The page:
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Victoria

Dundee Rep
Four stars
If ever Scotland needed a big, intelligent state of the nation(s) play 
to sum up where we're at, it's now. David Greig's three-part 
Highland-set epic may not be it, but it comes pretty close.  First seen 
in 2000 but only now receiving its Scottish première, Greig's play 
spans sixty years and three generations of a rural community in a state 
of social flux, with those both up and downstairs trying to find 
something to believe in.

In 1936, it's the romance of revolution and the Spanish Civil War on 
one hand, and the pseudo-mystical allure of fascism on the other. By 
1974, rock stars are getting their heads together in the country, and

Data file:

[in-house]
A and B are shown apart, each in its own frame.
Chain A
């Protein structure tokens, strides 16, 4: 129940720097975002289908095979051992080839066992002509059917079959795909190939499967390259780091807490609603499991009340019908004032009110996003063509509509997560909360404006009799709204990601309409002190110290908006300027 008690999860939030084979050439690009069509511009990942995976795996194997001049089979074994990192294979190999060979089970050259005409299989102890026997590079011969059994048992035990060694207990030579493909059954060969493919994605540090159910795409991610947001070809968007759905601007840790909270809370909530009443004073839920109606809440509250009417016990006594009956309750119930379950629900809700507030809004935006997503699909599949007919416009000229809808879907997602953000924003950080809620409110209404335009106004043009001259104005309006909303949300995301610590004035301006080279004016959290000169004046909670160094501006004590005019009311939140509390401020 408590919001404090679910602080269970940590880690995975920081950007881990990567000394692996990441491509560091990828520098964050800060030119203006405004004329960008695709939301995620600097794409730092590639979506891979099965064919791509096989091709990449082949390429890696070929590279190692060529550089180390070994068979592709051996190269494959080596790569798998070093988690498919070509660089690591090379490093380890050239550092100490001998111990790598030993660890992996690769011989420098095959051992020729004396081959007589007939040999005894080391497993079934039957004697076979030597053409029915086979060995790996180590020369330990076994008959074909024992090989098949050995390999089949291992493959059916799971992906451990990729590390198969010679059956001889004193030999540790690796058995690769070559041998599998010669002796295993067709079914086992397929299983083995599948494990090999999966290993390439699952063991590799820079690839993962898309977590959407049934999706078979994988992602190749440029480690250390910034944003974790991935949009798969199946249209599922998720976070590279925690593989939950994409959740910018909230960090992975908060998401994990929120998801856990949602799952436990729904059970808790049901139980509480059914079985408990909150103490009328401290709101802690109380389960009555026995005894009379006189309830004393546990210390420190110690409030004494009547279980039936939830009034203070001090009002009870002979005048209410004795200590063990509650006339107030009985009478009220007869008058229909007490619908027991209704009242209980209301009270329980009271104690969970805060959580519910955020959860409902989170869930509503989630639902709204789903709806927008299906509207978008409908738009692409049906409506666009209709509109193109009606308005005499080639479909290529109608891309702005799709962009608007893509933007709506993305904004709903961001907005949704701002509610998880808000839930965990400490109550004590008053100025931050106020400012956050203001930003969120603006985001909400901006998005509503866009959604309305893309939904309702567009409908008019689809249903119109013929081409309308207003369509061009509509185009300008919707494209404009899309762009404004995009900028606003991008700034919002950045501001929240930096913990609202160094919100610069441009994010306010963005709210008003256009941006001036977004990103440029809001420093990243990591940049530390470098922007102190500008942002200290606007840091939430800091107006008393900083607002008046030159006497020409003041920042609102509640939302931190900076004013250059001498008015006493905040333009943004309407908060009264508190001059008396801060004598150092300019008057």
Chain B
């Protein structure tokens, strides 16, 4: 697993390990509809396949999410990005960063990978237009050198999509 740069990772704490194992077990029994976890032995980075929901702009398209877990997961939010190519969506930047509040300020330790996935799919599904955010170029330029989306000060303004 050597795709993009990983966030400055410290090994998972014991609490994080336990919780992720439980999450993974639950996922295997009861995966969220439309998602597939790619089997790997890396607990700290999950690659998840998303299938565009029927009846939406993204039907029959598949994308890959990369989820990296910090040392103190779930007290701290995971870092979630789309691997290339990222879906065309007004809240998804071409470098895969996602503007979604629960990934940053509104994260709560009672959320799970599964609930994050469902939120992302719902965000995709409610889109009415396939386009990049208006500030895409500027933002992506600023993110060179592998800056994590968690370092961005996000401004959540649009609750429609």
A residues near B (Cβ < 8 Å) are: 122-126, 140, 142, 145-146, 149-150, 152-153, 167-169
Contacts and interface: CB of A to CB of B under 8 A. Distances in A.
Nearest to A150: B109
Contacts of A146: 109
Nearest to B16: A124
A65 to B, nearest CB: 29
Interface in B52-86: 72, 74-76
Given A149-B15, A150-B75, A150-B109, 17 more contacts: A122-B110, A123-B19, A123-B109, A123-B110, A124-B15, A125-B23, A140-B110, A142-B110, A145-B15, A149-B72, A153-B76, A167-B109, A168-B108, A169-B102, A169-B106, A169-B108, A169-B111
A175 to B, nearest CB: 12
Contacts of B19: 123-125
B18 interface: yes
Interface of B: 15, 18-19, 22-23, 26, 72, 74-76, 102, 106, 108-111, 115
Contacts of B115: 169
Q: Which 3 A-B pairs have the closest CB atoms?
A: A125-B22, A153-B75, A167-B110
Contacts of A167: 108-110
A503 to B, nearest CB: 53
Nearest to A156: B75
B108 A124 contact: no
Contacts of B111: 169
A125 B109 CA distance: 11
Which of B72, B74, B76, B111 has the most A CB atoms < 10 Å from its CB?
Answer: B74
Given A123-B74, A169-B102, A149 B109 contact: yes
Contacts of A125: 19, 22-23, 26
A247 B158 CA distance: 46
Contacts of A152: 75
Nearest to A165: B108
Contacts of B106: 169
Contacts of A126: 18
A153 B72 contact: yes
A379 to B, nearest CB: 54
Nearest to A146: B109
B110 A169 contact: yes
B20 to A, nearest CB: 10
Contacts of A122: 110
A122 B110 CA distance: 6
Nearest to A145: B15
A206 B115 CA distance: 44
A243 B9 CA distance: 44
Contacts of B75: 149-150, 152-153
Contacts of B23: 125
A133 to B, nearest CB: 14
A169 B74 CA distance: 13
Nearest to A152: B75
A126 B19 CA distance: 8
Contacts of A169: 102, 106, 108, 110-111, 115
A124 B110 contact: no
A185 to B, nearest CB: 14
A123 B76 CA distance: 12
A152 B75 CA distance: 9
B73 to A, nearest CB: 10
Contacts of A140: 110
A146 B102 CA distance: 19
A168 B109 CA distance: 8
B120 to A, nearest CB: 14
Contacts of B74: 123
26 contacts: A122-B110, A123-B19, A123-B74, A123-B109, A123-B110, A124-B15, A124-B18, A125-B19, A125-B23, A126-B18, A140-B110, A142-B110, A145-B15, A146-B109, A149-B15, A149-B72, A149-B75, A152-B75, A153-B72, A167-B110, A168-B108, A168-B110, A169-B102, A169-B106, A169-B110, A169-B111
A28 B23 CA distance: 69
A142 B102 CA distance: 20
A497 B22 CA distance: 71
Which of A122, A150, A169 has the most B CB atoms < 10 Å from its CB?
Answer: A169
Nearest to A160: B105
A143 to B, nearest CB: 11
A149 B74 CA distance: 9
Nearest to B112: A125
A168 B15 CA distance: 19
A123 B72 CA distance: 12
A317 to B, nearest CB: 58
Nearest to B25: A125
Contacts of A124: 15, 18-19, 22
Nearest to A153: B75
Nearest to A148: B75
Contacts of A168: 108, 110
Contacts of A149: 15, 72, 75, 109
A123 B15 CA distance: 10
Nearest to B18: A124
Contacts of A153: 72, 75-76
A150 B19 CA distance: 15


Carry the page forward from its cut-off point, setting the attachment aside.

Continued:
by 1996 even the land has been annexed by big business. At the heart of 
all this are three vivacious and free-spirited young women called 
Victoria. With all three played by a vibrant Elspeth Brodie, each in 
different ways is looking for a brave new world, but are still drawn 
back to the big red house they pivot around even as they crave a better 
future.

Philip Howard's production, his first as co-artistic director of Dundee 
Rep, is as huge in ambition as the play. While both may be a tad 
unwieldy on Neil Warmington's all-purpose set, Victoria nevertheless 
presents a fascinating portrait of a community that takes things beyond 
the domestic to become something epochal.  As recurring little motifs 
in each act point to how the past informs what follows, and how the 
ghostly energies of that past linger, Brodie leads a heroic 
twelve-strong cast through a play that's about the risks of blind faith 
and the very human consequences of warped idealism.

The Herald, September 9th 2013

ends

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